It is a rule of physics that all things tend towards douchery, and CBGB is a good example of this. Simply put, things no not stay cheap and interesting forever. You can call it selling out, or gentrification, or Disneyfication, but if enough people like something eventually someone's going to be willing to pay a premium for it, and it will finally reach a point at which the people who made it interesting in the first place will no longer be able to afford it and only the shell will remain. It's not right or wrong, it's just the Physics of Douchery. Hence CBGB being unable to afford its rent, and instead of playing host to a bunch of actual dirtbags paying small amounts of money to be entertained, its shell is now home to douchebags paying large amounts of money to look like dirtbags. Consider that John Varvatos's chief contribution to the popular culture is the overpriced grungily-bedazzled Chuck Taylor:

Though you can also buy a $645 "Bowery Boot" that looks the way a cheap pair of boots used to after its owner shuffled in and out of CBGB for a couple years:

Continuing along this line of thought on my Day of Reflection, I stumbled upon another neatly ironic little tidbit. While David Byrne makes music and in his spare time talks about how he likes to ride bikes, John Varvatos makes clothes for douchebags who want to look like they play music, and in his spare time does Chrysler ads:

Generally speaking, I have absolutely nothing against cars, or commercials, or even car commercials. However, in terms of sheer douchiness I found this particular car commercial tremendously offensive. Basically, here's what it's saying:

1) John Varvatos is from Detroit and designs overpriced, douchey clothes while listening to the Stooges;

2) Chrysler is a Detroit company (though from what I can tell the particular model in the ad is made in Canada);

3) Somehow, this Canadian-built car that John Varvatos had absolutely nothing to do with is cool like the Stooges.

Sure, I suppose the ad is honest in that it's saying if you're the kind of idiot who would pay $675 for a pair of "Bowery Boots" you'd also feel at home in a 300, but it's still pretty depressing. I suppose whether it's putting studs on Converse or making a commercial that's essentially just a half-assed game of "Six Degrees of Iggy Pop," the goal is just to reduce everything to easy references and render them compatible with our modularly idiotic plug-and-play bullshit culture.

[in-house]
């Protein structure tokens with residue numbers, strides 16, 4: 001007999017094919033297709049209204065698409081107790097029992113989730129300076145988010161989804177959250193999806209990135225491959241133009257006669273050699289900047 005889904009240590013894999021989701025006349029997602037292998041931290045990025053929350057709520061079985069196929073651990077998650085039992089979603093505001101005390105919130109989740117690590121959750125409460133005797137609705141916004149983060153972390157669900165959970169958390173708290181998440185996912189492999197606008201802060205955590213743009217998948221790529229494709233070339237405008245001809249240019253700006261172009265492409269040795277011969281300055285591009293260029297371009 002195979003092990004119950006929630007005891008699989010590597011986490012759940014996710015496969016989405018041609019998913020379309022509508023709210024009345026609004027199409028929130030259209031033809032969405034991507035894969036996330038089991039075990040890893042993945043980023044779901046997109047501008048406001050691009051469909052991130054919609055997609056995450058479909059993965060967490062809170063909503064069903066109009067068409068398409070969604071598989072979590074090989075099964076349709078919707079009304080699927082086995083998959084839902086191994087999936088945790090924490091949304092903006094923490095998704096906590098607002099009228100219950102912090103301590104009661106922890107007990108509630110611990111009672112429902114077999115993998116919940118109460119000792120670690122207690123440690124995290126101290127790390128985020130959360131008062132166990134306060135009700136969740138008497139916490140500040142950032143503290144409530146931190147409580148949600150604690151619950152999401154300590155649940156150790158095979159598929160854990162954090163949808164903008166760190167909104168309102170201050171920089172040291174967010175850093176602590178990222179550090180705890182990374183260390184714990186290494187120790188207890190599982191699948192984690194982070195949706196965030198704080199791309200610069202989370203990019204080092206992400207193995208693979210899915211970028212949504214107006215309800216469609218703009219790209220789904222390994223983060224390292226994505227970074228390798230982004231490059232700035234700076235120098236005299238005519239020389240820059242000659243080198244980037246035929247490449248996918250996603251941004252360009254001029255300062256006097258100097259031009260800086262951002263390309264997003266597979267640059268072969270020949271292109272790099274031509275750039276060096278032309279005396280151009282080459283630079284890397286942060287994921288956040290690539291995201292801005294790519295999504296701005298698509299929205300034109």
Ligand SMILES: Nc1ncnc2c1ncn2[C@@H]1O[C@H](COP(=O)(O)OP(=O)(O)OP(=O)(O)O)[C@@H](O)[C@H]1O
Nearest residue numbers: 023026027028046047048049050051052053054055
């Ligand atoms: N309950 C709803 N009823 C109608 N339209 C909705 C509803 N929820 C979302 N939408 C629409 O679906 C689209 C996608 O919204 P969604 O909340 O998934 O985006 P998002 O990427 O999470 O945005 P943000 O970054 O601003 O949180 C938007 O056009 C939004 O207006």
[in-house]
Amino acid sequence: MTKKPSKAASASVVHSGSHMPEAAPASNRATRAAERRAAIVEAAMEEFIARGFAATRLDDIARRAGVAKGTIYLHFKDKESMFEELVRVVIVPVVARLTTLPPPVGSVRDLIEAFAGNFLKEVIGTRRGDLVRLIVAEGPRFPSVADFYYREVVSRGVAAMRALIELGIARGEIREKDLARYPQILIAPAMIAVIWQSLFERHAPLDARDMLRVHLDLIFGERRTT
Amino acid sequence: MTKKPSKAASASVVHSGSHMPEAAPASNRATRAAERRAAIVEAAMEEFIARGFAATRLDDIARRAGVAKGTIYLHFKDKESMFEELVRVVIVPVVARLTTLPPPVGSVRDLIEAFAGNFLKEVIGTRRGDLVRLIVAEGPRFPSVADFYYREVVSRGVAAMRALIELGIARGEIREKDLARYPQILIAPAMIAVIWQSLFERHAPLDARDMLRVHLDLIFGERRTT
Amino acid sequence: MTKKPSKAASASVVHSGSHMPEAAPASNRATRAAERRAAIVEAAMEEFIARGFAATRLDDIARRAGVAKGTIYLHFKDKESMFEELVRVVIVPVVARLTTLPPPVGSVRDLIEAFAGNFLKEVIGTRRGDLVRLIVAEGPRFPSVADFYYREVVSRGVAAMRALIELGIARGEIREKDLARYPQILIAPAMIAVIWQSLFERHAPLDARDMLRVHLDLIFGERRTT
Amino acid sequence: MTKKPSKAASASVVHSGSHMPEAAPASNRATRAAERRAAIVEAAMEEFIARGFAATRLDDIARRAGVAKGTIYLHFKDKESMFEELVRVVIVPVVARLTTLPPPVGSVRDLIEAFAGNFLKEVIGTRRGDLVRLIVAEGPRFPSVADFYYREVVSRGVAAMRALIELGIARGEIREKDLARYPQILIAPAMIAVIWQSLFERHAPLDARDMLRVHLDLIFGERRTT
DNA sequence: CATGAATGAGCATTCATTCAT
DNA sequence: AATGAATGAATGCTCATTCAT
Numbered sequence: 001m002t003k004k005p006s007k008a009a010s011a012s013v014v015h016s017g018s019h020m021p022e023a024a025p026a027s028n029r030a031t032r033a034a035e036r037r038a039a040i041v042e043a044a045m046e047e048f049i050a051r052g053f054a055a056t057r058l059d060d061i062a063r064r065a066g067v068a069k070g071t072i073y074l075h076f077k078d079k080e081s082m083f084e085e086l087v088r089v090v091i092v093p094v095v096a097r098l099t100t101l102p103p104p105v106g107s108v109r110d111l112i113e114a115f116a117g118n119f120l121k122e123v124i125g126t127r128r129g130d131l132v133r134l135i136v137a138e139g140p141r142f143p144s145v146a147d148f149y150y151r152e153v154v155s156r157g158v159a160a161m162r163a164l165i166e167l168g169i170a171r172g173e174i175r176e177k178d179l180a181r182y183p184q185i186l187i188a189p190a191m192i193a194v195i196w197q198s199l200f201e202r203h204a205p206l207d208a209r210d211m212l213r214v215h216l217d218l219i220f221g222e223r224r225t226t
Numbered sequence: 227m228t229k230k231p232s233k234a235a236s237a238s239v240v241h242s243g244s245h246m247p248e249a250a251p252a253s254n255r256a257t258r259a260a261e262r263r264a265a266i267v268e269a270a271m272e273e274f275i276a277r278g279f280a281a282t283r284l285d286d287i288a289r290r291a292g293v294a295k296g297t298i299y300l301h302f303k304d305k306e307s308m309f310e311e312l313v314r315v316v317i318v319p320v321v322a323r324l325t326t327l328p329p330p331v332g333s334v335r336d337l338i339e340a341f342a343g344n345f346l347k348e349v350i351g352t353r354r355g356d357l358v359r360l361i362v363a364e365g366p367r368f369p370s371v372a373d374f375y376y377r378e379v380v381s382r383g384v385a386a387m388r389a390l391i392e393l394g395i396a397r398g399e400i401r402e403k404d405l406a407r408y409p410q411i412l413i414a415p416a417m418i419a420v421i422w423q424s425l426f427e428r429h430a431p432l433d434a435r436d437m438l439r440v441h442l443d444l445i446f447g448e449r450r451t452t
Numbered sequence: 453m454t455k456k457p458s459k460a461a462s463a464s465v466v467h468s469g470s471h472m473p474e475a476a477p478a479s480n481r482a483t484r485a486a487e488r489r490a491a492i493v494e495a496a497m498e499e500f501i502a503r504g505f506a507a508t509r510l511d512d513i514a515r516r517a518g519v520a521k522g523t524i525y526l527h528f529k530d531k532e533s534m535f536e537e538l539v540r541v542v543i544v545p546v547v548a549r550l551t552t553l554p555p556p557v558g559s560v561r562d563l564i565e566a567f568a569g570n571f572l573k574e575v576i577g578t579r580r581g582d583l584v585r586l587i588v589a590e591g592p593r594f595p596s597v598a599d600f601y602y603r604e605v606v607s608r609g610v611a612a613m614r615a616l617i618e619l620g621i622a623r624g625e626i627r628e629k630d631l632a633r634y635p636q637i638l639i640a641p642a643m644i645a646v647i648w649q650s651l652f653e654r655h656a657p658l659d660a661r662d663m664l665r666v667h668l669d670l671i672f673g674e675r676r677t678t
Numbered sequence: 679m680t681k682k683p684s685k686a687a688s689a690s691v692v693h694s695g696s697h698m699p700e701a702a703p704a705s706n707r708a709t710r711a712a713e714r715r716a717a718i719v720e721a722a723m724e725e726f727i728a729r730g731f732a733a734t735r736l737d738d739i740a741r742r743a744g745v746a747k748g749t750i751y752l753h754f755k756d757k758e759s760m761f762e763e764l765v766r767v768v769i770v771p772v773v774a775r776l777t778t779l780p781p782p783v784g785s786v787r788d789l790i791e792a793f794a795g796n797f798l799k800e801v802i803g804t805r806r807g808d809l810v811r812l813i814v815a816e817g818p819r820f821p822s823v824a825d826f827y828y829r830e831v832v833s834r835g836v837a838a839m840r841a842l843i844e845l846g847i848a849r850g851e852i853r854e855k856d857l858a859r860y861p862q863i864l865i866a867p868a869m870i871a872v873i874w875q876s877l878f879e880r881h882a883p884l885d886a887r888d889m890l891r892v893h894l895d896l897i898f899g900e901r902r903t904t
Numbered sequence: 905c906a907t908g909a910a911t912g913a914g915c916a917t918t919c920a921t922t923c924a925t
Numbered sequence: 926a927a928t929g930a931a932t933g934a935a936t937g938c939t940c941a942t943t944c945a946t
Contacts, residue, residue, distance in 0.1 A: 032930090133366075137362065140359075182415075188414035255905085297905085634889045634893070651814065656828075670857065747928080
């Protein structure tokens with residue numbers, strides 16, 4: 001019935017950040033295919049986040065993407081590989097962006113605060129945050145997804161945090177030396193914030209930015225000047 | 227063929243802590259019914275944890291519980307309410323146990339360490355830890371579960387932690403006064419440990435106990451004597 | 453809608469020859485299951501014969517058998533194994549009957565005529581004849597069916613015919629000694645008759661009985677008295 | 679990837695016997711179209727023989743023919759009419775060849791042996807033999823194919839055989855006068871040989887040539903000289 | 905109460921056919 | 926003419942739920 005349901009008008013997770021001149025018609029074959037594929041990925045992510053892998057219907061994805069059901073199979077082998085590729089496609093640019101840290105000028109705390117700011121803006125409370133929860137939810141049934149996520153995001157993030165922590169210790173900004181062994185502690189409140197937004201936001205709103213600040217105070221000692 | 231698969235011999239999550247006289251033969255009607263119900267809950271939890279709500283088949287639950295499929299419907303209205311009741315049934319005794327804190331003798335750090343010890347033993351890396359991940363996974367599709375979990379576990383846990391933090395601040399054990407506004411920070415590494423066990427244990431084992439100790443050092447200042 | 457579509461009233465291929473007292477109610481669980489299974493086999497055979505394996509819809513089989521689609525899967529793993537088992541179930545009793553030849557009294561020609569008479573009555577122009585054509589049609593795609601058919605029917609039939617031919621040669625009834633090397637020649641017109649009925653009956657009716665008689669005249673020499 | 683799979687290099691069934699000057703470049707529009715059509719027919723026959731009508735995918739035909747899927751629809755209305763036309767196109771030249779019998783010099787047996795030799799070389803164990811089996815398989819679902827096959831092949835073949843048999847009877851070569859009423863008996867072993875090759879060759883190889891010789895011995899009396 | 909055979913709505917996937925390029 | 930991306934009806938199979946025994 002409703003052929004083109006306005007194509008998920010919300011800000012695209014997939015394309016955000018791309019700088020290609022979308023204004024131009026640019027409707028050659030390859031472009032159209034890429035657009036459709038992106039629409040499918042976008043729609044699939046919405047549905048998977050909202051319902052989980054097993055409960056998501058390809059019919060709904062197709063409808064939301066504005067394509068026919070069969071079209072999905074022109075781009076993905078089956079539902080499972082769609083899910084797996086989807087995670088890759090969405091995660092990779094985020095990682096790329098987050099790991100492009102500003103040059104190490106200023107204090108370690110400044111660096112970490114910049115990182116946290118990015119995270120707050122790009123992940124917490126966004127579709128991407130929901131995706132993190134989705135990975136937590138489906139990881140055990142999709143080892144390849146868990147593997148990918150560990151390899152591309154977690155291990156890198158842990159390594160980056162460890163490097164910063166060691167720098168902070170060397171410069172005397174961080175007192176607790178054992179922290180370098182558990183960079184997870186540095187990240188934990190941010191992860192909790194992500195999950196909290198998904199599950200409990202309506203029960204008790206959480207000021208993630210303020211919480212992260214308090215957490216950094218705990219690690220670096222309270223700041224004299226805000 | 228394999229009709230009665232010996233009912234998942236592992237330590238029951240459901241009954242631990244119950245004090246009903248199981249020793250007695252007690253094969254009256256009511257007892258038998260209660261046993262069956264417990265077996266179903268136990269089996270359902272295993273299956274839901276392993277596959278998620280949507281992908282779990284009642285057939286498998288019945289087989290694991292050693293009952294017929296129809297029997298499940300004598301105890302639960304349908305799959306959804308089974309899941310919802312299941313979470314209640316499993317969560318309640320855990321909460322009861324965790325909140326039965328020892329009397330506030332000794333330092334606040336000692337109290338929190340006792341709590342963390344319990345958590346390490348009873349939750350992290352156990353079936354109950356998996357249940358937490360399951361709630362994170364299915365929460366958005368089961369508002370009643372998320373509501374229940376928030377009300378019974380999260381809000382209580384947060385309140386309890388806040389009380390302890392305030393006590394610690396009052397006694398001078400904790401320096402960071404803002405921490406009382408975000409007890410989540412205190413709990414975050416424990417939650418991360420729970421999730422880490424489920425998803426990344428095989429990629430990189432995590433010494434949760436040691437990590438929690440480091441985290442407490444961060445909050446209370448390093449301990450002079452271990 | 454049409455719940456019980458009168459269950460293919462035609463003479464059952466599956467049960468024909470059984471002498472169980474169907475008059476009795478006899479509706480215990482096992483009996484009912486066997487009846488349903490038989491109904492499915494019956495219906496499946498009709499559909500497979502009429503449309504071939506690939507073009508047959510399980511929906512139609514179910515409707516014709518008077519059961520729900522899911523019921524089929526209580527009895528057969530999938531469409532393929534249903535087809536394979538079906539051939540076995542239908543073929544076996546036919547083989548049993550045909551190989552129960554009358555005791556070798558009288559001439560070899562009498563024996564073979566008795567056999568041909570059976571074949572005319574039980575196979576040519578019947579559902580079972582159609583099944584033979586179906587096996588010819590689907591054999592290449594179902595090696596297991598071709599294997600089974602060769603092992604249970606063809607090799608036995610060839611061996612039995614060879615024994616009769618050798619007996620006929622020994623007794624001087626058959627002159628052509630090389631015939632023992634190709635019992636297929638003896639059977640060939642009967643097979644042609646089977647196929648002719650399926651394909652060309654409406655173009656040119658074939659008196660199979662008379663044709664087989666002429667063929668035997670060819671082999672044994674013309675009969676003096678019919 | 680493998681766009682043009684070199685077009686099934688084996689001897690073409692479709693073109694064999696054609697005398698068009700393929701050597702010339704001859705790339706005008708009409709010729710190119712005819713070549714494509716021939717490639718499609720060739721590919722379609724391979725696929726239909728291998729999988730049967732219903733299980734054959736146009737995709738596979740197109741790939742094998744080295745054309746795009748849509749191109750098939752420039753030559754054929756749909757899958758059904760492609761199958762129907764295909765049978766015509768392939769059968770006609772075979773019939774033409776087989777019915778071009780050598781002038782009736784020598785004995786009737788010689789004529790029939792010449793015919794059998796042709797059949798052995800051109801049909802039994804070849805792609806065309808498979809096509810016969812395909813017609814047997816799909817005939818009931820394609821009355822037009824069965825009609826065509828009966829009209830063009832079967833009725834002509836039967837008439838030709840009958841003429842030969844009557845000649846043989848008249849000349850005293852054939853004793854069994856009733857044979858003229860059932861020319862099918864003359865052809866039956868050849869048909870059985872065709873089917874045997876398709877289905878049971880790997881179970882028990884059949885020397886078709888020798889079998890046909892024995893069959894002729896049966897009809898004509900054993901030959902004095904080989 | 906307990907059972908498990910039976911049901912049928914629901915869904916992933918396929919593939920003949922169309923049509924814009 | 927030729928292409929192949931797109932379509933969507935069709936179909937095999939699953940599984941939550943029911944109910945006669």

I guess what I mean with all of this is that I'll take David Byrne bragging about not having a car over a bunch of douchebags trying to convince me to buy one.

Given the current state of douchefication, it's no surprise that some stoner who's drawing a map with a Sharpie is considered a creative genius:

The Mission Map Project from Agency Charlie on Vimeo.

"You'll really get to know us by going to the places we go to... It can become a glimpse of our lifestyle," says Mike Giant, and I'm glad finally someone has taken it upon himself to create the definitive Aging Hipster's Guide to San Francisco's Mission District. Sure, you can turn off your phone and wander with a paper map--just as long as you've watched an Internet documentary about the map and have a full understanding of its compelling backstory first.

Speaking of art, as I mentioned on my Emergency Blog, I had extended the deadline for the "There Will Be Action Wipes" contest, but this extension officially ends NOW. In the coming days I will share some more entries and eventually choose a winner, but given the sheer volume of greatness this is going to be a formidable task. For example, I've received not one but two Warholian submissions. There's this one:

And this one:

There was also this entry, which the submitter appropriately titled "Masterpiece:"

More in keeping with the "international symbol" theme was this submission, entitled "All You Haters Action Wipe My Elephant Trunk:"

While it's easy to imagine this sign gracing the side of a desert highway:

Hopefully John Varvatos takes note when he blasts by in his Chrysler 300 while blasting the Stooges.